Working With Path Variables in Windows XP

While XP will open files with an EXE extension from the run command without the need to explicitly provide the extension, the same is not true for all other extensions. However, you can control this by adding those extensions to a variable named PATHEXT. This system variable controls which extensions are tried when not supplied. One of our personal favorites is adding the MSC extension, which allows administrative consoles like the Services tool (services.msc) to be quickly opened from the Run command.

Similarly, the PATH variable controls the directories in which XP will search for a file when an extension is not provided. By default, the PATH variable will search three different directories, including C:\WINDOWS, C:\WINDOWS\system32, and C:\WINDOWS\system32\WBEM when a directory is not specified. By adding additional paths to this attribute, you can control which directories will be searched for the filename when a path is not specified. See the steps below for an overview of changing the PATH and PATHEXT variables on an XP system.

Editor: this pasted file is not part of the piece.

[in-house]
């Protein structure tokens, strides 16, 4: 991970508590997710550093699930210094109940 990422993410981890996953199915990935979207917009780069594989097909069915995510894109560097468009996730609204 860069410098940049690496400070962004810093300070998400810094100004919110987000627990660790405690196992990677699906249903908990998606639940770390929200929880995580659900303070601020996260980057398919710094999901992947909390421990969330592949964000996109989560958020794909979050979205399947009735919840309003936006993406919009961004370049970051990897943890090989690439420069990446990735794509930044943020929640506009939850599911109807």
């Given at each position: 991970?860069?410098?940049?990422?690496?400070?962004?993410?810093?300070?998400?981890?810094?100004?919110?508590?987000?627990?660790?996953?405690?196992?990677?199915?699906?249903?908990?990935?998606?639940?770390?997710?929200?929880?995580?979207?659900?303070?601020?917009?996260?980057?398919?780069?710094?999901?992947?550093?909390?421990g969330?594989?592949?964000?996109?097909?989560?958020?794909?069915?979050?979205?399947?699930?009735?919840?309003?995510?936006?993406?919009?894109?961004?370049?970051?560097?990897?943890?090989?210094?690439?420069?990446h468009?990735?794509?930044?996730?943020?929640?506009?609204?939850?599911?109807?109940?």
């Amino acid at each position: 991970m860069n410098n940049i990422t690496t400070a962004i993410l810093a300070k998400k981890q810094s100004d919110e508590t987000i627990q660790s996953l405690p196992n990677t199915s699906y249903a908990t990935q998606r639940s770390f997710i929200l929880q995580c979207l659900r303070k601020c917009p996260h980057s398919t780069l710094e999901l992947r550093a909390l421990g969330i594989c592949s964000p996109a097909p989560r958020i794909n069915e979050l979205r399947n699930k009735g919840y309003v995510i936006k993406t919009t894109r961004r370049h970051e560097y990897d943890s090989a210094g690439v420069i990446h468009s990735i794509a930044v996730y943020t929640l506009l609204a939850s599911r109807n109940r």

Step 1: Click Start, select Control Panel, and then click System. Click the Advanced tab, and the then click the Environment Variables button at the bottom of the screen. This will open the Environment Variables window shown in the background of Step 2.

Step 2: In the System variables section, click Path, and then click Edit. Place a semicolon after an entry (second, for example), and then type the full path to any additional directories you want searched. Click OK. Follow the same steps to add additional file extensions to the PATHEXT variable (for example, .MSC). Reboot once complete.

Step 3: To check whether your new PATH or PATHEXT variables are functioning correctly, attempt to open a file in the new path and with the new extension from the Run command. For example, type services at the Run command, and click OK. In this case, the Service.msc console should open automatically.

Author: Dan DiNicolo

Dan DiNicolo is a freelance author, consultant, trainer, and the managing editor of He is the author of the CCNA Study Guide found on this site, as well as many books including the PC Magazine titles Windows XP Security Solutions and Windows Vista Security Solutions. Click here to contact Dan.